The adopted resolution stated, inter alia, that genocide had taken place in Bosnia and Herzegovina; that it would be forbidden to deny or diminish the genocide in Srebrenica; and that a July 11 commemoration day would be held for the victims of the 1995 genocide. It also condemned all war crimes committed in the territory of the former Yugoslavia and any attempts to blame a nation for genocide, as it laid responsibility on individuals for the genocide. Moreover, it emphasized that Montenegro as a NATO member is committed to supporting European and Euro-Atlantic values. 55 members voted for the resolution, 19 were against, and 7 abstained. During the vote on the adoption of the resolution by the Montenegrin parliament, there was a split in the government coalition. The largest party forming the government, the Democratic Front (Demokratski front, DF), voted against, while the Democratic Montenegro (Demokratska Crna Gora, DCG) and United Reform Action (Ujedinjena Reformska Akcija, URA) voted in favour. DF demanded, inter alia, removal of the word “genocide” from the text of the resolution in order to replace it with the word “crime.” It is also worth adding that after the vote, Prime Minister Krivokapić stated that adoption of the resolution was unnecessary and expressed concern that it deepened divisions in society.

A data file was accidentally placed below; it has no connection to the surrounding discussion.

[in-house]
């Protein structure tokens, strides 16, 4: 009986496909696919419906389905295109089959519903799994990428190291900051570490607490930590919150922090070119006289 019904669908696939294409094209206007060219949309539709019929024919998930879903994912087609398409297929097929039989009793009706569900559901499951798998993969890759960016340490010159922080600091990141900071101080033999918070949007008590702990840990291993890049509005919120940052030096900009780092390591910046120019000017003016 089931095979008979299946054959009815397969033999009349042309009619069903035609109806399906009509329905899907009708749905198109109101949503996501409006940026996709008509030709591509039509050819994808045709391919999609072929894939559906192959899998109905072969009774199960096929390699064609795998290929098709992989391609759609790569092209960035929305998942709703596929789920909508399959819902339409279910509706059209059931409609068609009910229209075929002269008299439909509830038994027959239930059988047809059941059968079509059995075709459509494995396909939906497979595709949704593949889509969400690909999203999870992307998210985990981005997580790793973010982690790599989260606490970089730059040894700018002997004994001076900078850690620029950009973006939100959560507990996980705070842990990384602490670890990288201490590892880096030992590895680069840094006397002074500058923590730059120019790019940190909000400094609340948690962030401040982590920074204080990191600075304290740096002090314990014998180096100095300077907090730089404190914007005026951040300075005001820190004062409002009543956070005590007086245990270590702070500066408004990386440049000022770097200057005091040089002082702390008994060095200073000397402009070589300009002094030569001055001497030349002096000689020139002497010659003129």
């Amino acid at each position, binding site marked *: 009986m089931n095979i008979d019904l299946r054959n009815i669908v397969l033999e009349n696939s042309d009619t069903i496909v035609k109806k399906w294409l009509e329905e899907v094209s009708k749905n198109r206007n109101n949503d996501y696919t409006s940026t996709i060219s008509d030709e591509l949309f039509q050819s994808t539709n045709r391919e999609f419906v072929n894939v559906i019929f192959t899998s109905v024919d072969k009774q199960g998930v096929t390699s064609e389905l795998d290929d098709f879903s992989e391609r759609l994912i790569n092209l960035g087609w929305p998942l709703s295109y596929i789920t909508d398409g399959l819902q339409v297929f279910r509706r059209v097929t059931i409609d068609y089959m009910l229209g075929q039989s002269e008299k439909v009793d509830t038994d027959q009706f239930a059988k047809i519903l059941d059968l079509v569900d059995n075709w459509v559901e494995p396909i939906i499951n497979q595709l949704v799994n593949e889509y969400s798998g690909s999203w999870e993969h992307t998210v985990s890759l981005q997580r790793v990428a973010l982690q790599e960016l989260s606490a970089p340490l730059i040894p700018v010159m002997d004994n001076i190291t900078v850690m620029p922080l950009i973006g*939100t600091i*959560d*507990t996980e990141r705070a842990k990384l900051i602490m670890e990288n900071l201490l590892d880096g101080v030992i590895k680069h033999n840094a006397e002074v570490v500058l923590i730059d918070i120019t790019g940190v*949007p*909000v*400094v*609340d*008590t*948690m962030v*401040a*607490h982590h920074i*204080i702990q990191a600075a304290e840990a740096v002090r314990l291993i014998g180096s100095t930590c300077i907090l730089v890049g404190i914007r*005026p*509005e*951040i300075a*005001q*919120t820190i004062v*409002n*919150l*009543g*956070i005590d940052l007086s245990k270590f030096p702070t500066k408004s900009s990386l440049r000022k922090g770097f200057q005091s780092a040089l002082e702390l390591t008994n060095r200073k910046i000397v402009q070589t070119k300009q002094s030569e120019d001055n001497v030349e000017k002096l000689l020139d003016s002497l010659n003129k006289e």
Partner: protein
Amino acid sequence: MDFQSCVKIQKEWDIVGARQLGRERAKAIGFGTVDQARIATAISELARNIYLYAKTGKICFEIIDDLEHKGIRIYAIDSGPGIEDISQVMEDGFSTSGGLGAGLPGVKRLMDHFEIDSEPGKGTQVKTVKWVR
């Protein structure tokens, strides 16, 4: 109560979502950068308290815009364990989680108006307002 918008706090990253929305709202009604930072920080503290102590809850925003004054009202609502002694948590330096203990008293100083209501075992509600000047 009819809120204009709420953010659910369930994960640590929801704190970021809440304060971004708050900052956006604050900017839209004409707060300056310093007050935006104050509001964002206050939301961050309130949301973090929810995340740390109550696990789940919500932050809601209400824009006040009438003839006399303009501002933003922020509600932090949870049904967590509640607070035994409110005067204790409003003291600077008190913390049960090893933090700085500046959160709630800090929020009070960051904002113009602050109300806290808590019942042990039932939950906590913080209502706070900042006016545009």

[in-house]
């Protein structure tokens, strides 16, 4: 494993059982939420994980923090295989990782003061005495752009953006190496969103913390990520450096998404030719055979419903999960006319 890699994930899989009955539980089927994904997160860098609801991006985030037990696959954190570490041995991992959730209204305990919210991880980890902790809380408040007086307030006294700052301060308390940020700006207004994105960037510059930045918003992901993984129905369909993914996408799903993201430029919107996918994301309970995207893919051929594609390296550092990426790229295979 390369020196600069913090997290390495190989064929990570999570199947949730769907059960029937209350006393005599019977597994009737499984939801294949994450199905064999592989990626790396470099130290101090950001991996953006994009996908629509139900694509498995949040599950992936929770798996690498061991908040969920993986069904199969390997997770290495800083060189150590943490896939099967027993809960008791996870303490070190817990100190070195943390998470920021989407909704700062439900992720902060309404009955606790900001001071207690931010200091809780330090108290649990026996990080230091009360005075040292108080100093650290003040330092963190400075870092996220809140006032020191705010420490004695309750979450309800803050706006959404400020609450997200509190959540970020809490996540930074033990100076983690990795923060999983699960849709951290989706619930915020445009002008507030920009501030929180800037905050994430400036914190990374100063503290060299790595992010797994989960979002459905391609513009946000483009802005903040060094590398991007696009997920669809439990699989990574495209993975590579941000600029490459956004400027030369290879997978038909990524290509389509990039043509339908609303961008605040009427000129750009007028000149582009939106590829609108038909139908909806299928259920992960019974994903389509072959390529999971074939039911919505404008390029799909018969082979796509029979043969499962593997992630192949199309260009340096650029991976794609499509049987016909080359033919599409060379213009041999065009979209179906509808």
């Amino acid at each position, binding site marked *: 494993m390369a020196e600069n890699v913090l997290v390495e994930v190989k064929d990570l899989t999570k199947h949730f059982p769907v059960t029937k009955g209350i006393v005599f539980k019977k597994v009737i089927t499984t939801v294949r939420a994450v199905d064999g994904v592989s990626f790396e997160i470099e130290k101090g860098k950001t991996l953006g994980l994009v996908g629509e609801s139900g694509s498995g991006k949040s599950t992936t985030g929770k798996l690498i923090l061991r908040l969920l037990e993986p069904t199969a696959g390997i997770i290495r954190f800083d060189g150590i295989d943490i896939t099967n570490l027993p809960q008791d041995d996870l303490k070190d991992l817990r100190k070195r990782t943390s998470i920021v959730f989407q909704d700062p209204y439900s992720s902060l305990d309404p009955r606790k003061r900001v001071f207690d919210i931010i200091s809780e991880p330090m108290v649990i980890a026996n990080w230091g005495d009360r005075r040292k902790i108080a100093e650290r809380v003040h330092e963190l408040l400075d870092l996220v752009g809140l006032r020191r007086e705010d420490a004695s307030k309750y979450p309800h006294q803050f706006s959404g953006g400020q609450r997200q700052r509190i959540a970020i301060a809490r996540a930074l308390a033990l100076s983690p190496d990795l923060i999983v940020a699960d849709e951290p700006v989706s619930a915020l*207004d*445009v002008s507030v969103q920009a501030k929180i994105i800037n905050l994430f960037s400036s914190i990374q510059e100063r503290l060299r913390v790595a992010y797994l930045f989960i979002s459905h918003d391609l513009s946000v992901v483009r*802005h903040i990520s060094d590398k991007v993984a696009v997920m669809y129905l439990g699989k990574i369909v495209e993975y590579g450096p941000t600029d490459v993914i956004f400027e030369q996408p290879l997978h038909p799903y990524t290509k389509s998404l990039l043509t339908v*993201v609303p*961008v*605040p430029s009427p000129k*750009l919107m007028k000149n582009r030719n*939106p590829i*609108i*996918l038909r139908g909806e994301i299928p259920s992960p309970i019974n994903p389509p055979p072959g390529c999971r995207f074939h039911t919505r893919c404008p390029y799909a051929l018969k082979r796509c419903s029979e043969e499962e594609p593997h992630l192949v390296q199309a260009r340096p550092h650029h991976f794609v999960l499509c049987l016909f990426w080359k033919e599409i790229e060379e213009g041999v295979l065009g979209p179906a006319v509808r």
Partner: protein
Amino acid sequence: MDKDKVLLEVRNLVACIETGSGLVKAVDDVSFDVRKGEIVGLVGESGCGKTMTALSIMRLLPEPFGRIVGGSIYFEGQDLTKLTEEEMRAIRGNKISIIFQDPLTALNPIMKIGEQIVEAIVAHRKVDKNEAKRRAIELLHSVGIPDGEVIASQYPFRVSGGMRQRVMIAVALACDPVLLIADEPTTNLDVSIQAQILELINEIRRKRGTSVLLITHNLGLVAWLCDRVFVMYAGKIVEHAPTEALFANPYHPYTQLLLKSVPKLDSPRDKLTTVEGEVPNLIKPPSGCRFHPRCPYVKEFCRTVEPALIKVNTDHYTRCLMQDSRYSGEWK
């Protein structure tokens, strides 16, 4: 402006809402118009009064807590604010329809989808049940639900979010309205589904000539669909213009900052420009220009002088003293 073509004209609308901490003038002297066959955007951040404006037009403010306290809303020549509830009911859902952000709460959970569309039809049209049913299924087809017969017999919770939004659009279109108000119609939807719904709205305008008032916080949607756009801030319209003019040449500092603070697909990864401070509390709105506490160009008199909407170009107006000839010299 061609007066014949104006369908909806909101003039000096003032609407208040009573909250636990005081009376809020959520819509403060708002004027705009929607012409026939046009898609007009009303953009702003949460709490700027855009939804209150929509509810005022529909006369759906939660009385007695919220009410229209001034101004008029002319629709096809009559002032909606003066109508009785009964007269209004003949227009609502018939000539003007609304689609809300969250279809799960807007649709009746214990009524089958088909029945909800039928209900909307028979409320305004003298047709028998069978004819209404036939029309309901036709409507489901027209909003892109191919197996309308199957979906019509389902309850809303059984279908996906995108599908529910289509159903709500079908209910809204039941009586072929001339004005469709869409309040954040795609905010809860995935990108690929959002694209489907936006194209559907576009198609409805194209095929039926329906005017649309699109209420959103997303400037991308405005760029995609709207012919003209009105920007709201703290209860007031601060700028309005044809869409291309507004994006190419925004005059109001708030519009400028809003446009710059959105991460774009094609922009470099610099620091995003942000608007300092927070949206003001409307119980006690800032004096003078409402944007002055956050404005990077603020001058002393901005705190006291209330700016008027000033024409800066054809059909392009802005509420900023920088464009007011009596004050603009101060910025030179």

The Montenegrin parliament also dismissed Vladimir Leposavić as the minister of justice following his statement in March, in which he expressed doubts on the genocide in Srebrenica, and questioned the validity of the judgment of the International Court of Justice. Following this controversial statement, the Minister’s resignation was demanded by the Prime Minister of Montenegro. In this case, there was also a split in the ranks of the government coalition – 43 MPs voted to dismiss the minister (members of the DPS and other opposition parties and members of the URA), 10 abstained (DCG members), and 27 members of the Democratic Front voted against. Right after the vote, DF leaders described the resolution as a document that would strengthen the anti-Serb atmosphere in the country, announced a boycott of the parliament, and demanded a change of prime minister. In their opinion, Prime Minister Krivokapić is pursuing the same policy as previous authorities, and his voting jointly with the DPS on the dismissal of the minister is deceiving voters. According to Andrija Mandić (DF), in order to end the crisis it is necessary to develop a new coalition agreement or to call early parliamentary elections. Moreover, Milan Knežević (DF) suggested that the text of the resolution was not written in Montenegro and that its content was influenced by NATO embassies.